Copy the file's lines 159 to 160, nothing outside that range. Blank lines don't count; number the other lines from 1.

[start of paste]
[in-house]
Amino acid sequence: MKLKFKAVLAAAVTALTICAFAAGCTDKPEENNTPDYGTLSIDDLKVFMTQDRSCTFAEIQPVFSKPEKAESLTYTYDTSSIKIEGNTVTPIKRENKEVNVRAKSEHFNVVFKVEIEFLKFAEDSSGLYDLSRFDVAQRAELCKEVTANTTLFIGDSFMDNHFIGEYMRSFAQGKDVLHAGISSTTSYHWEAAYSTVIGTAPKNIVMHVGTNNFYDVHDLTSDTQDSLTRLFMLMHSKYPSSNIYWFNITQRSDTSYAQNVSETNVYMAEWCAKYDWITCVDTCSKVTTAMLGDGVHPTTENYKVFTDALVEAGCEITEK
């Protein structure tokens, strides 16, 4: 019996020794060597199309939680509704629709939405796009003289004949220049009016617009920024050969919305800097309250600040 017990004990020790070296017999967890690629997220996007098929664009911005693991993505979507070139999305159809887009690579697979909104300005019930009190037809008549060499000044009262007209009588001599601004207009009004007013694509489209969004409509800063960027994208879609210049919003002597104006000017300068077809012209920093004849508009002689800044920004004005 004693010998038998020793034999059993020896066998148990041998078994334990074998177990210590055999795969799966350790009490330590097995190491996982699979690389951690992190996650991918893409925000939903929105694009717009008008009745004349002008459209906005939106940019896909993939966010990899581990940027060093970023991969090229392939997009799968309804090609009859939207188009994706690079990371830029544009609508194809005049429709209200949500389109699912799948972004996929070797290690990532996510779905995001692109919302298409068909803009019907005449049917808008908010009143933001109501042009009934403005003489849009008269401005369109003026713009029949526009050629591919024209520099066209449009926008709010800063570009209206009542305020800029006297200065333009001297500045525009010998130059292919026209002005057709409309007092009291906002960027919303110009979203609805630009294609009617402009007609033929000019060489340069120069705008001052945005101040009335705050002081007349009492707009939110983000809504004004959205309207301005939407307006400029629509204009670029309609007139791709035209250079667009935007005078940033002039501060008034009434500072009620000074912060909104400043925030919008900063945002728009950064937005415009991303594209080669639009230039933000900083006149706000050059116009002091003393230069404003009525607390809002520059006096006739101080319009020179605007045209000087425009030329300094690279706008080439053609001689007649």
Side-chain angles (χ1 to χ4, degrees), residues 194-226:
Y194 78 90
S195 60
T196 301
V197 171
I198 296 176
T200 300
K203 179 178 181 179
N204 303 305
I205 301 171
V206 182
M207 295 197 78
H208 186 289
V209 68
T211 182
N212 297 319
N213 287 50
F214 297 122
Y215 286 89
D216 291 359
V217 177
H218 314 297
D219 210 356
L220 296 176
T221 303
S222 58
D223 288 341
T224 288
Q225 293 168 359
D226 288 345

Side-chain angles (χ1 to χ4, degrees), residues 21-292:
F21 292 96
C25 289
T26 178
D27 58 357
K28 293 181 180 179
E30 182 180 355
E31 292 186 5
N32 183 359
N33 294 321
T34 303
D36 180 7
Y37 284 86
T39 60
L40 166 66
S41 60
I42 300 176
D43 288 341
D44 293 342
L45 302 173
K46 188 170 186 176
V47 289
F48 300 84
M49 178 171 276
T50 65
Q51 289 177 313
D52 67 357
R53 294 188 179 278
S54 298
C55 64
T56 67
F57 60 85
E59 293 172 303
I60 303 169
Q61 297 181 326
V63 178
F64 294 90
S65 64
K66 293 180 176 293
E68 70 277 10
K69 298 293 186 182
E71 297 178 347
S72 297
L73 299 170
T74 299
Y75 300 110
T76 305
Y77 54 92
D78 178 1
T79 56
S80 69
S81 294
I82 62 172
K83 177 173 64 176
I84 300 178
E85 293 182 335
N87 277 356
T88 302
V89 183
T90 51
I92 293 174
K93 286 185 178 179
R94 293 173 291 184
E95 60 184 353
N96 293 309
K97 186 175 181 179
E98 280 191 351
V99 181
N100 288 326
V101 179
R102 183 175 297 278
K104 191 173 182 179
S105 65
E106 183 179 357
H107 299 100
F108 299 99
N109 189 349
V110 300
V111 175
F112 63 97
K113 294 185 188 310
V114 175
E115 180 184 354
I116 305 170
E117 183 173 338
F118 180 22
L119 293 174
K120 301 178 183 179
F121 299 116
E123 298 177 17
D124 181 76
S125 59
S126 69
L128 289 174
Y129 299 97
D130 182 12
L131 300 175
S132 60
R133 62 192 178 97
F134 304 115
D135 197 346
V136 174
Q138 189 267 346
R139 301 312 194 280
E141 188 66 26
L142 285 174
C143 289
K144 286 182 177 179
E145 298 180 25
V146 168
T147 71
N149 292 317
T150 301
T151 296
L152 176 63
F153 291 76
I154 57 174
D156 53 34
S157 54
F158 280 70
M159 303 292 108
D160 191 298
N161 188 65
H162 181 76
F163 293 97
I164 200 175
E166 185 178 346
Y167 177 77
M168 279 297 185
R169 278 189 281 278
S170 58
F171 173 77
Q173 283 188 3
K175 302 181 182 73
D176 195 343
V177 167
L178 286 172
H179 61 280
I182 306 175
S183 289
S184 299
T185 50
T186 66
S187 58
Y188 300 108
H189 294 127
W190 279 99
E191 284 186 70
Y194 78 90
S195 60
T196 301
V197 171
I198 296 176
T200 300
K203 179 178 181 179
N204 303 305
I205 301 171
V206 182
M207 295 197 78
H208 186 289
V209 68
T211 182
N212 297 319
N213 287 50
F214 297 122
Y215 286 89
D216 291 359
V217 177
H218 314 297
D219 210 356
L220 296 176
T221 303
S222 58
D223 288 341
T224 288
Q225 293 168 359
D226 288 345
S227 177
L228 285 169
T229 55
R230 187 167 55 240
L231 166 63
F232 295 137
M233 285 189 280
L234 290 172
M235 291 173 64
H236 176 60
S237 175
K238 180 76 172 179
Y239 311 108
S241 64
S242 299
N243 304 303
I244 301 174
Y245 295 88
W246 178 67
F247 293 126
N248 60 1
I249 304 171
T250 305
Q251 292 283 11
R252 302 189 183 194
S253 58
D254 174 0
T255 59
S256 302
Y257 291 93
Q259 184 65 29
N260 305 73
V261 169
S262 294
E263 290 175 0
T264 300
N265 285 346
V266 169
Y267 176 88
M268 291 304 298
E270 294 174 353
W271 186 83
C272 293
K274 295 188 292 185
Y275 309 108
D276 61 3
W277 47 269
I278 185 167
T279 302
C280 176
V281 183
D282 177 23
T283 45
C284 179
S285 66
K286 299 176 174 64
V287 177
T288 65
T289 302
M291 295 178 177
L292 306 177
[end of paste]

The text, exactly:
I164 200 175
E166 185 178 346